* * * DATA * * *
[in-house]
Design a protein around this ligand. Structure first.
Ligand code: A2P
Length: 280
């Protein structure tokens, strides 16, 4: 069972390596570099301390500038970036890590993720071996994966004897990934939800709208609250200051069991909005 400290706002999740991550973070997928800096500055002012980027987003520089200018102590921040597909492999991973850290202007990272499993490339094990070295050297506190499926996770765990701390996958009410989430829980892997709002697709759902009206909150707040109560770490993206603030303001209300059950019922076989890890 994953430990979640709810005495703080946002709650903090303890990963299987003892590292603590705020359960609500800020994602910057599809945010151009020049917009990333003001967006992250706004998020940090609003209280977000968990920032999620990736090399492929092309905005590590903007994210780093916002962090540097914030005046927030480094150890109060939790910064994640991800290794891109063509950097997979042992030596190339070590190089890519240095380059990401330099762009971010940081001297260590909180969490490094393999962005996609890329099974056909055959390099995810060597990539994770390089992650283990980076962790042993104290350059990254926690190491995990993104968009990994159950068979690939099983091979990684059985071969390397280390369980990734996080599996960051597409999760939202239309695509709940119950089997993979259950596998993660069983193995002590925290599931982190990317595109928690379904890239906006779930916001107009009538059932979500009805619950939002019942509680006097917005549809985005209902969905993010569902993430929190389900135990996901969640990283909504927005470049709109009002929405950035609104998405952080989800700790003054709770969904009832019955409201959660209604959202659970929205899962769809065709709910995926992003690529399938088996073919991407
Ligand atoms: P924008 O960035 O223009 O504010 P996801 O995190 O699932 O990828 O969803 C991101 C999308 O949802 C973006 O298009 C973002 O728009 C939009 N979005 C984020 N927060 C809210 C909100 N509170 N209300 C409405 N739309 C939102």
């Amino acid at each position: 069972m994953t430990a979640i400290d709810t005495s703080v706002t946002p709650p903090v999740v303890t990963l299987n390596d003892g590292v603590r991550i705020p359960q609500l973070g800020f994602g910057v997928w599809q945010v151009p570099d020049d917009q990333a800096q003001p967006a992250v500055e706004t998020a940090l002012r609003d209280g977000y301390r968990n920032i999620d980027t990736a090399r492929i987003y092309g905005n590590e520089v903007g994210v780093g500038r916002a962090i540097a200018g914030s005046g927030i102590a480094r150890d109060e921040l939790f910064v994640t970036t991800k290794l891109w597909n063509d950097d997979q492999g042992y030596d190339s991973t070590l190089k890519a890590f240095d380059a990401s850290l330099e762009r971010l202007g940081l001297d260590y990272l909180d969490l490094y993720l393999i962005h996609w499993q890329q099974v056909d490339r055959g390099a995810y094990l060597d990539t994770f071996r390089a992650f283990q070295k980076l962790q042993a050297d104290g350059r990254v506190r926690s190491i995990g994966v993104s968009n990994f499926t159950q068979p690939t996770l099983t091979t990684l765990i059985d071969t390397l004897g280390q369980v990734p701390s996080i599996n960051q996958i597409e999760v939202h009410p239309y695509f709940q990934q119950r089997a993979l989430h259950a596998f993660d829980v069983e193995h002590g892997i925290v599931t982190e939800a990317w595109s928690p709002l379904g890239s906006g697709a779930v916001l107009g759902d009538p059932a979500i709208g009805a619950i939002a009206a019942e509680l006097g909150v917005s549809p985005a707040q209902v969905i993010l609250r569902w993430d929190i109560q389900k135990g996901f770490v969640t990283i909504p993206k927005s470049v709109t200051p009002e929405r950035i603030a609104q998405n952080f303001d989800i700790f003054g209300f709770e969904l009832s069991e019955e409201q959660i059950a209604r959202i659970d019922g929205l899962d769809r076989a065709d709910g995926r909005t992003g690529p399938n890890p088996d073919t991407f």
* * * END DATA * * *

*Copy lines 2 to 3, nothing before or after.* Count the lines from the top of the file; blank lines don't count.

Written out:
Design a protein around this ligand. Structure first.
Ligand code: A2P